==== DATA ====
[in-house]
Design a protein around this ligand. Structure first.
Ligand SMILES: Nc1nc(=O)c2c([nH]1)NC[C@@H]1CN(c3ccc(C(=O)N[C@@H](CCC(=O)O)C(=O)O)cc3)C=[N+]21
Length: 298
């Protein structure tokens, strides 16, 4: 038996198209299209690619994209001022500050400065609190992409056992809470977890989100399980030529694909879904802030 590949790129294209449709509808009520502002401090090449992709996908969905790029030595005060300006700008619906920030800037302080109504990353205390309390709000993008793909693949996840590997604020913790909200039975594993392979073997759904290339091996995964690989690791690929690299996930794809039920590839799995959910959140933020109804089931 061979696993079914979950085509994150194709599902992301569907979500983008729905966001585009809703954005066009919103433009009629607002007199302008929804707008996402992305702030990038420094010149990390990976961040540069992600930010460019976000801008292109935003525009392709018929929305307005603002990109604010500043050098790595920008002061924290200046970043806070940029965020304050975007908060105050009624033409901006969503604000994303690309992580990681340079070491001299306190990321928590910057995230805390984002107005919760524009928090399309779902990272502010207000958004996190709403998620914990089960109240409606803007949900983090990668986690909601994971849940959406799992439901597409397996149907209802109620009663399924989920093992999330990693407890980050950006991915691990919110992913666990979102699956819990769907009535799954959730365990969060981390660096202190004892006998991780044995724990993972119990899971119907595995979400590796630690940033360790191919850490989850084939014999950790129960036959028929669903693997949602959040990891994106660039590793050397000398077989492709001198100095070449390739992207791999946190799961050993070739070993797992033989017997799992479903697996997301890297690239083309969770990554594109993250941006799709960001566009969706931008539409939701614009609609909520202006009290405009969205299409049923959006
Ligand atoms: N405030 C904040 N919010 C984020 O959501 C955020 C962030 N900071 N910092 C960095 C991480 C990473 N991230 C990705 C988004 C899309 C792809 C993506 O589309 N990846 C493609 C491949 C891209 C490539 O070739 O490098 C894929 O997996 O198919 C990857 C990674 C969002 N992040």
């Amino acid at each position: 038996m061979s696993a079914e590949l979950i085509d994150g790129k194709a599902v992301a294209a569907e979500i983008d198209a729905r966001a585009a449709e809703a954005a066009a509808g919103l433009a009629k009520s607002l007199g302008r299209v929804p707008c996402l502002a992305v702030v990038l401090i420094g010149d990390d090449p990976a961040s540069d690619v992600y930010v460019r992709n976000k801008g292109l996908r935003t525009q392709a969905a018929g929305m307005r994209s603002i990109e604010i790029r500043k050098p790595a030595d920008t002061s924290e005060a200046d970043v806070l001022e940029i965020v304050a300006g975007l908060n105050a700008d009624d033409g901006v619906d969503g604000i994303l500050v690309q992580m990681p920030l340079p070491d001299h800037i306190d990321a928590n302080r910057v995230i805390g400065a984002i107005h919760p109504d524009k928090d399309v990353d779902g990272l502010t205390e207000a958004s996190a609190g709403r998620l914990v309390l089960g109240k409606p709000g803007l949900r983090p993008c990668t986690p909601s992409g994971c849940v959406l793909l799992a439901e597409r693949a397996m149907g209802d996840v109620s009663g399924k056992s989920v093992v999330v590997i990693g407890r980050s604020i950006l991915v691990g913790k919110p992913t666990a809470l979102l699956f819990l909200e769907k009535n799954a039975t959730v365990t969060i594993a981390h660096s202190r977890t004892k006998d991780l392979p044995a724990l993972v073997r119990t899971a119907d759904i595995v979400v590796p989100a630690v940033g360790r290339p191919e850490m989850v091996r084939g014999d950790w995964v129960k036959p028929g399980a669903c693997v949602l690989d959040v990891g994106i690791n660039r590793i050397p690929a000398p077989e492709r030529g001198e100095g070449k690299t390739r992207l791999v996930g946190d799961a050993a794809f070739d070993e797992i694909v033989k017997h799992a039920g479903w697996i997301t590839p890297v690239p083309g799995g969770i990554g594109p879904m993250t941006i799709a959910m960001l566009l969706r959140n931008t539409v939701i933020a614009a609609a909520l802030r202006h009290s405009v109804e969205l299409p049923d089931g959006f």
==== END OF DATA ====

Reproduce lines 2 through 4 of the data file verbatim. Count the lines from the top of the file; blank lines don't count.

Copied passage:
Design a protein around this ligand. Structure first.
Ligand SMILES: Nc1nc(=O)c2c([nH]1)NC[C@@H]1CN(c3ccc(C(=O)N[C@@H](CCC(=O)O)C(=O)O)cc3)C=[N+]21
Length: 298